I was wondering what everyones favorite hose filter was for well water?? Thanks!!
@brianjasiewicz how many gallons per day are you looking to produce? Any known hard minerals or anything like that in your water? Our ppm out of the tap is over 800 here in my town, we have to filter everything!
I have not done a water test at this property. I am guessing I will be needing about 500 gallons per day.
I’ll see if I can snap a few pictures of my neighbors setup; he’s got a filter system he put in recently and he’s been very happy with the results (I have too, he shares his water with me haha!) One thing to keep in mind is there is a lot of waste/excess that gets drained off, he’s got it watering his lawn (and man his grass is tall already,) so maybe keep that in mind as well.
Thanks man…I would really appreciate that!!
I read in your previous post that you haven’t yet gotten your well water tested. HydroLogic can help you get your water tested if you would like. Info on our well water test kit is here: https://www.hydrologicsystems.com/collections/water-containment-testing/products/hydrologic-water-analysis.
If you would like to work with your own lab to get your water tested, I can email you the list of key contaminants we look for in order to suggest the proper setup to filter it.
Let me know if you have any questions.
- Sara from HydroLogic
How often should you have a water source like a well tested?
We need to know your source water chemistry before recommending the proper setup to purify it.
If a cultivator is using unfiltered well water for growing cannabis and wants to ensure that the contaminants in the water will not cause issues for the plants, we would recommend that he/she tests the well water monthly.
However, using a reverse osmosis filtration system will eliminate fluctuating water quality from being a variable in the garden. It will ensure that you have a consistently pure RO water base for each plant feed formula. You do not need to get a detailed water analysis of the RO product water. But we do recommend monitoring the TDS/EC of the RO product water to ensure the RO membranes are rejecting 95-99% of the contaminants in the source water. If the membranes do not have a high % rejection, that’s when you know it’s time to change them.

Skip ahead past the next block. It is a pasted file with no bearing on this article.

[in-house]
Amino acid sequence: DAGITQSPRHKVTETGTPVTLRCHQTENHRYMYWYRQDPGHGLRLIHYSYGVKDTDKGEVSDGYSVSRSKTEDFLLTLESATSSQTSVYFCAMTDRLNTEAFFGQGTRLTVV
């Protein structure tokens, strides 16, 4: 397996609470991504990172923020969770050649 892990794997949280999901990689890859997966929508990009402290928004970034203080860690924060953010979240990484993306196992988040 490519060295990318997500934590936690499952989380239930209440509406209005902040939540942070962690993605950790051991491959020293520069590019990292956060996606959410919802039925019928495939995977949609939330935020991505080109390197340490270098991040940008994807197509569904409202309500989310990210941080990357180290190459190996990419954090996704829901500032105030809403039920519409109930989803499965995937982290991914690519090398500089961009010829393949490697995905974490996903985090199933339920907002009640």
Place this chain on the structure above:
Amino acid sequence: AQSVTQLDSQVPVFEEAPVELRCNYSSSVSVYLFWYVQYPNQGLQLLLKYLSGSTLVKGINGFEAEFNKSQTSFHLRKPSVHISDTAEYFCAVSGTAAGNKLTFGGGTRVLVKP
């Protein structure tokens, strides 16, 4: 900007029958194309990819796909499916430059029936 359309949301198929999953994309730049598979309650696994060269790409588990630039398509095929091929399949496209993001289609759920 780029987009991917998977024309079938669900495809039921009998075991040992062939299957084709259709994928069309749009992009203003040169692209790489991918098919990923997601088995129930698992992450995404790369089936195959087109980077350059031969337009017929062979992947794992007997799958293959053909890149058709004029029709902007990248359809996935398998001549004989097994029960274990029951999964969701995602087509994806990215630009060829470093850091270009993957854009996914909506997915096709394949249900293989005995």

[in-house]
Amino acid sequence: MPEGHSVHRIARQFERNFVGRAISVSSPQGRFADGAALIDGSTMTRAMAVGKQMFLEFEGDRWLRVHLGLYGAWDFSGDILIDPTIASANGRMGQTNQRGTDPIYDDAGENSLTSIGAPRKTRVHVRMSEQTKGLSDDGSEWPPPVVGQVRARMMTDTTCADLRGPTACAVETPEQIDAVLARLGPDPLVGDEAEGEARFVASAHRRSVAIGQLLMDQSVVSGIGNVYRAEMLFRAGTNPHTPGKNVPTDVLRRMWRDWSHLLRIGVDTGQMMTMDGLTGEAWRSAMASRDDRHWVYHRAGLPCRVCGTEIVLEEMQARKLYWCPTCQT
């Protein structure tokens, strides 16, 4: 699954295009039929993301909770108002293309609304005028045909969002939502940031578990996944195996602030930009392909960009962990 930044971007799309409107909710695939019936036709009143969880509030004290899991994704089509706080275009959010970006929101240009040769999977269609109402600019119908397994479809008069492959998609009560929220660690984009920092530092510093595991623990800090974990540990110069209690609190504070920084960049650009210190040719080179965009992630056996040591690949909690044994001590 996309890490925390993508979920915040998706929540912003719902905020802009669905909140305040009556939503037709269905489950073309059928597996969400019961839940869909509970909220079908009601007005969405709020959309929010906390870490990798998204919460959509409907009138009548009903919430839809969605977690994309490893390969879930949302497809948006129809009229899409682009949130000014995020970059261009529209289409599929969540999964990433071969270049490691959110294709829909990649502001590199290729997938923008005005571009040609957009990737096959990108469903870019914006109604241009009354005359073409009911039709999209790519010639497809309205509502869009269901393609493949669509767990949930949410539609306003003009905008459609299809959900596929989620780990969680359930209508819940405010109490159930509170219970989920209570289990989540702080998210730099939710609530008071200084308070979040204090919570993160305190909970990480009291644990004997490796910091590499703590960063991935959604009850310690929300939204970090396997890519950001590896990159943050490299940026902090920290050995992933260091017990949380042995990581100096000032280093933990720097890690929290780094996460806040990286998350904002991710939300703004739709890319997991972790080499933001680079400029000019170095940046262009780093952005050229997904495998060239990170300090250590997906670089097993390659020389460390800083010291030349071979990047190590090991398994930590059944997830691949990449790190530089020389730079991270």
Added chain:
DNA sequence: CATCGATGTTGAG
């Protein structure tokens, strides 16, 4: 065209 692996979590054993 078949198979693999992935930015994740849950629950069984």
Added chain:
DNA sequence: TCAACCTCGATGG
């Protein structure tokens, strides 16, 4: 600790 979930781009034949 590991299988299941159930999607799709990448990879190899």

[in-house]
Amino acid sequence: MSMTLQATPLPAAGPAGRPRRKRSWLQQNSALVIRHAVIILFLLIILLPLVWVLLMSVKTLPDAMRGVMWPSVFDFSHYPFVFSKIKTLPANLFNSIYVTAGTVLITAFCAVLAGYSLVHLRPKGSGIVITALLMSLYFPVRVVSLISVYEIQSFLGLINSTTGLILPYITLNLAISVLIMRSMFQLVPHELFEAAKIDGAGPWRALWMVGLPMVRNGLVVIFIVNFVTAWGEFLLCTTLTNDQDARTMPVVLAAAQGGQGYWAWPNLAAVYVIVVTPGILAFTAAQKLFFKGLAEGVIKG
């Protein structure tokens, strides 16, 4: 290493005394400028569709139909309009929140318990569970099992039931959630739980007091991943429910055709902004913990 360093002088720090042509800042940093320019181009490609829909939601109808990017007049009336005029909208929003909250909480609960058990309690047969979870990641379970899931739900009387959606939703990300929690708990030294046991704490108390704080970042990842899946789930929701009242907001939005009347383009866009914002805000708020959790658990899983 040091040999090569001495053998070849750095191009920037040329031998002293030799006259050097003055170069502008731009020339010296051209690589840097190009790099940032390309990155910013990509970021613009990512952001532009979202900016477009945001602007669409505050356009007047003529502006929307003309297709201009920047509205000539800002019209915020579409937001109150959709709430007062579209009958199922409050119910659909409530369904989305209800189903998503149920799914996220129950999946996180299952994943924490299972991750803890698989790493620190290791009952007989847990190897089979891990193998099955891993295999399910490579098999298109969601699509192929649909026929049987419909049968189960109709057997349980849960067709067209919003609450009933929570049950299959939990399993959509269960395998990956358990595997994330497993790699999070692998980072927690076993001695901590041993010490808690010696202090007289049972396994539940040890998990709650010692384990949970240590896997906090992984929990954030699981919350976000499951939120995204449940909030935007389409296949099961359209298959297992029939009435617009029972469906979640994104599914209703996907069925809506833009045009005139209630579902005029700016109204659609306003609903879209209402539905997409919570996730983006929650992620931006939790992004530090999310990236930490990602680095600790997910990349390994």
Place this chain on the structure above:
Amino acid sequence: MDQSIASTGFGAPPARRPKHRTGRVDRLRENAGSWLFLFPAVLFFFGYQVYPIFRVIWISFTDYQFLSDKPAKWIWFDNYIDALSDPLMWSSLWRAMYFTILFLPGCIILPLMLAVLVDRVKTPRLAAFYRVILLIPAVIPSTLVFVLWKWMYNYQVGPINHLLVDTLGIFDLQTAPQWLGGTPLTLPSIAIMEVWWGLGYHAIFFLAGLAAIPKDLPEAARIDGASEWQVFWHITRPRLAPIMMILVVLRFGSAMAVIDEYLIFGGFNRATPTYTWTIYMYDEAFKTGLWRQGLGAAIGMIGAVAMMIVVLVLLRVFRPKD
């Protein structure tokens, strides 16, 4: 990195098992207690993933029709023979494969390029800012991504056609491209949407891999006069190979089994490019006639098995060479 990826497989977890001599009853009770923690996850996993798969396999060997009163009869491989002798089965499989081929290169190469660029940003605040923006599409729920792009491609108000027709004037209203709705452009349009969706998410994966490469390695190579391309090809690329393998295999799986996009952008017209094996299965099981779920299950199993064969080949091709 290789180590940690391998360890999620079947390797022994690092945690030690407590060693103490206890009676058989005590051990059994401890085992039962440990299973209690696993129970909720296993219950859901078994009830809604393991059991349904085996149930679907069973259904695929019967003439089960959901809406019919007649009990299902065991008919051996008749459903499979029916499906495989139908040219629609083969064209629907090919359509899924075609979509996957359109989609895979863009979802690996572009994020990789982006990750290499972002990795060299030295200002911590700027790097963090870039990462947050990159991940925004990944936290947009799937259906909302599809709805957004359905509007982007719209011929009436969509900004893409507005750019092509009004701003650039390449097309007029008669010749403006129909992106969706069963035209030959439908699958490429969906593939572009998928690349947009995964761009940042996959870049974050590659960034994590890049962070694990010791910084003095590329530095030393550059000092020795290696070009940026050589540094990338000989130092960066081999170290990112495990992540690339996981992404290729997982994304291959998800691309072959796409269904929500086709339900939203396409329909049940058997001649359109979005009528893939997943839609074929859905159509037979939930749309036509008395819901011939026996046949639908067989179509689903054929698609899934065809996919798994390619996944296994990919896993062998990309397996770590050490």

If you are simply wanting to filter particulates, a GrowoniX SediSCRUB-XL will handle that and directly connect to a garden hose… But, whether growing medical cannabis in soil or or with hydroponic methods, a reverse osmosis filtration system is a must, in my opinion, for full control of the nutrient mix and to eliminate contaminants.
After all, you are growing medical grade plants. Glyphosate is reported to be contributing to cancer development at small parts per billion.
For water analysis, I recommend the CompleteRO Screen from National Testing Laboratories: https://watercheck.com/products/complete-ro-screen , which analyzes everything needed for characterizing RO performance and covers most everything needed for growing, including Boron.
Depending on your local geography and obvious water characteristics (sulfur smell, black slime, etc.), you may want additional tests for radiologicals, glyphosate, etc. For well water you definitely should get bacteria tests, especially if in an area with grazing cattle.
HydroLogic offers the NTL Well Water and City Water test kits for $180. You will find more info here: https://www.hydrologicsystems.com/collections/water-containment-testing. Results will come back in about 10 business days.
We also offer a less detailed water analysis through one of our local labs for $160. Those results will come back in around 3 to 5 business days.
I generally recommend having a well retested about every three years, unless you notice major changes in water qualities (smell, taste, color, etc.), which usually is due to spring runoff or the well running dry.
Of course, this depends on your local geography, water table height, well source and local/regional developments in agriculture or industrial activities potentially affecting the water table.
Pretty much everywhere in Colorado has high hardness. With geologic filtration effects upon the water traveling southward along rivers, water generally reduces in hardness. Except for Florida!
My local water runs 200-350 ppm during the year, but i still have a (1,200 GPD) whole house reverse osmosis system since ‘fluoride’ is a known neurotoxin and skin is the largest organ.
A global water quality visualization portal is here: http://portal.gemstat.org/
(note: hover over the vertical bars to get the measurement data - frequency is number of samples)
Oh, and @brianjasiewicz; I recommend a filter that has a capacity 3 times the demand. You will thank me later!